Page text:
From the Director of ‘DEADTIME’ and ‘Crying Wolf’ comes Cute Little Buggers! Will you let them take our women? It’s Gremlins meets Hot Fuzz set in the English countryside. When hostile aliens crash land on local farmland the villagers at the summer ball get suspicious when young women start going missing. The villagers soon band together around our hero Melchoir to fend off the invaders and bring back peace to the sleepy English countryside! B-movie laughs in this creature feature from Director Tony Jopia.
Since I first experienced the unbounded joy of laughing and screaming within the same instance (or as close to it as is possible) while watching the 1948 classic Abbott and Costello Meet Frankenstein at about the age of 11, I’ve been fascinated by what makes the perfect balance of horror and comedy in a film. Some filmmakers, like Charles Barton in the above film and John Landis with 1981’s An American Werewolf in London, absolutely have nailed it while far too many others have struggled mightily (to be kind). Along comes Chilean helmer Tony Jopia’s flawed but generally engrossing and darkly amusing comic chiller from 2017 Cute Little Buggers.
Aliens crash land in a small village on the English countryside, taking possession of bunny rabbits as defense in a plan to kidnap women for reproduction purposes. Locals participating in the village’s summer ball party band together to fend off the cute, furry yet ravenous monsters and try to stop the invaders.
Jopia has quite the recent history with genre mashups with the neatly mixed laugh/chill fest Crying Wolf 3D in 2015 and the rock music/horror opus Deadtime a few years prior. His approach is sound in that he seems to have a knack for finding just the right balance with each element shining its own spotlight rather than being subservient to the other. Lesser movie-makers tend to trust one subject less than the other and lean on it, leaving a picture feeling decidedly lop-sided and the audience walking away with thoughts of a missed opportunity. Like Landis and Barton above, Jopia has the keen sense (perhaps a skill in itself?) to rely heavily on a smart script and assembling just the right roster of actors to pull off even the cheekiest of dialogue.
On the story front, Jopia (with a “Created by” credit) joins with Kristofer Dayne, Garry Charles and Andy Davie in plopping quirky, every day folks (with a thin layer of eccentricity added for good measure) into a nightmare scenario and allowing the viewer to watch how these denizens react or respond to it. That our heroes and heroines respond with an almost “time to go to work” mentality is merely one of this cinematic entry’s charms. The dialogue is quite ripe and a suitably goofy match for the characters. Especially stuff like what comes from the local animal expert regarding the terrorizing Bugs Bunny beasts. “What we have stumbled on must be a new species!” There’s a frenetic urgency behind the uttering of those words that I found gave me more than a chuckle. The scene of some of the protagonists facing down a line of the furry critters blocking a roadway brought thoughts of a wacky High Noon-ish confrontation. Is Gary Cooper going to show all of a sudden as Elmer Fudd?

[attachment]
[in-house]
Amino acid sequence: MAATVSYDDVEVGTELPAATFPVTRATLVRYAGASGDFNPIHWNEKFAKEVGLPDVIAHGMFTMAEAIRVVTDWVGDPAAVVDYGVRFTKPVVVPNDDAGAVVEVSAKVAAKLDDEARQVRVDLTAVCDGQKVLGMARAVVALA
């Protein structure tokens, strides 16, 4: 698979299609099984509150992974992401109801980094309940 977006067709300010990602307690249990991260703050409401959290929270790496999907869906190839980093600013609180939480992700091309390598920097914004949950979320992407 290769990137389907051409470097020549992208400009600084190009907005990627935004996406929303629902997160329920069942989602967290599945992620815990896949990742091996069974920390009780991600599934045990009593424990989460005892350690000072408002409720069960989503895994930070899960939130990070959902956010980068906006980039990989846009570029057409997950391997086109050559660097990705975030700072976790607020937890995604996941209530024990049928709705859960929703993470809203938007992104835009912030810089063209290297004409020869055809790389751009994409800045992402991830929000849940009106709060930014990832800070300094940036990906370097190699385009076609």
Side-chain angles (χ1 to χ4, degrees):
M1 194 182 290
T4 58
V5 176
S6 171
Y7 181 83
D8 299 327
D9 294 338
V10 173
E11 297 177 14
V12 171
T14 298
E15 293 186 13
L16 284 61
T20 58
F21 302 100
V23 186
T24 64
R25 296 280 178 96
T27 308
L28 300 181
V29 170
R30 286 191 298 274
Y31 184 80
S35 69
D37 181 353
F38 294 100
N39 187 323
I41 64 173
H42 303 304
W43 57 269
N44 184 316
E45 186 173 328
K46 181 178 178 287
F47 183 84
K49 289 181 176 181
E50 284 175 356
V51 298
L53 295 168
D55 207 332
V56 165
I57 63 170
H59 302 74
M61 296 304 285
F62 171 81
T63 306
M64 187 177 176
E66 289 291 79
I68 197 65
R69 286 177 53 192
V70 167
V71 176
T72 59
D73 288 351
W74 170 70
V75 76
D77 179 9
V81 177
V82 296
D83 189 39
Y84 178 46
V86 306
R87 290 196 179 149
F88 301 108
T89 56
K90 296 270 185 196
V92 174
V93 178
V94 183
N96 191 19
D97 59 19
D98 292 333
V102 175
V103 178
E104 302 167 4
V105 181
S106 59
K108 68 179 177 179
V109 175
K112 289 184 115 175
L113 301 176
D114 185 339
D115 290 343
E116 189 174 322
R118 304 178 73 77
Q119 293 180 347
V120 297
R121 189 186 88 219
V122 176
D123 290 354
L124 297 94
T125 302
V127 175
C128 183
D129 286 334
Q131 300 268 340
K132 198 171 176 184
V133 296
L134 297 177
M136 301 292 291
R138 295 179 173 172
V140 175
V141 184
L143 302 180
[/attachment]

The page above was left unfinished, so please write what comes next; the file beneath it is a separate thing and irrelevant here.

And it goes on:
The cast certainly aids in delivering the fruity dialogue with aplomb. Veteran horror star Caroline Munro (of Hammer Films and James Bond fame) headlines as the slightly cracked local fortune teller Mystic Mary. This is a role type she has long since mastered and here is no exception. A combination of precise comic timing with flints of steel-eyed gaze sincerity help you forget the nonsense she is babbling out. Kristofer Dayne, stepping in front of the camera as the lead hero Melchior, adds a certain steadfast deliberance in the middle of the chaos along with more than ample charm to hold the viewer’s interest.
It is no surprise regarding Dayne’s deftness and skill in the adding of subtle nuance to his parts. A 2011 graduate of the Stella Adler Academy of Actors in Los Angeles, Dayne honed his talent under the auspices of one of the acting giants in the industry. A favorite quote of mine from Adler, comes to mind as it pertains to Dayne here: “Acting is in everything but the words.” A simple, yet pointedly cogent, remark if there ever was one regarding the thespian process summed up.
Kudos to actress and singer Sara Dee for not only assaying the bitingly funny PC Hitchins onscreen but also contributing as vocalist and songwriter (with Martin Pavey) to the soundtrack with the ridiculously silly and laugh-out-loud songs So Cute and Hoppittee Heart. They rang through my head for some minutes after the final credits rolled.
If you are looking for fare that has the right meshing of jokes, gore and off-kilter auras that have you pleasantly recalling Barton, Landis or even an Edgar Wright of Shaun of the Dead fame, you could do far worse than catch Tony Jopia’s Cute Little Buggers. It’s not every day that a cinematic effort has you going “Awww! So cute!” followed by a bloodcurdling scream and running for the hills.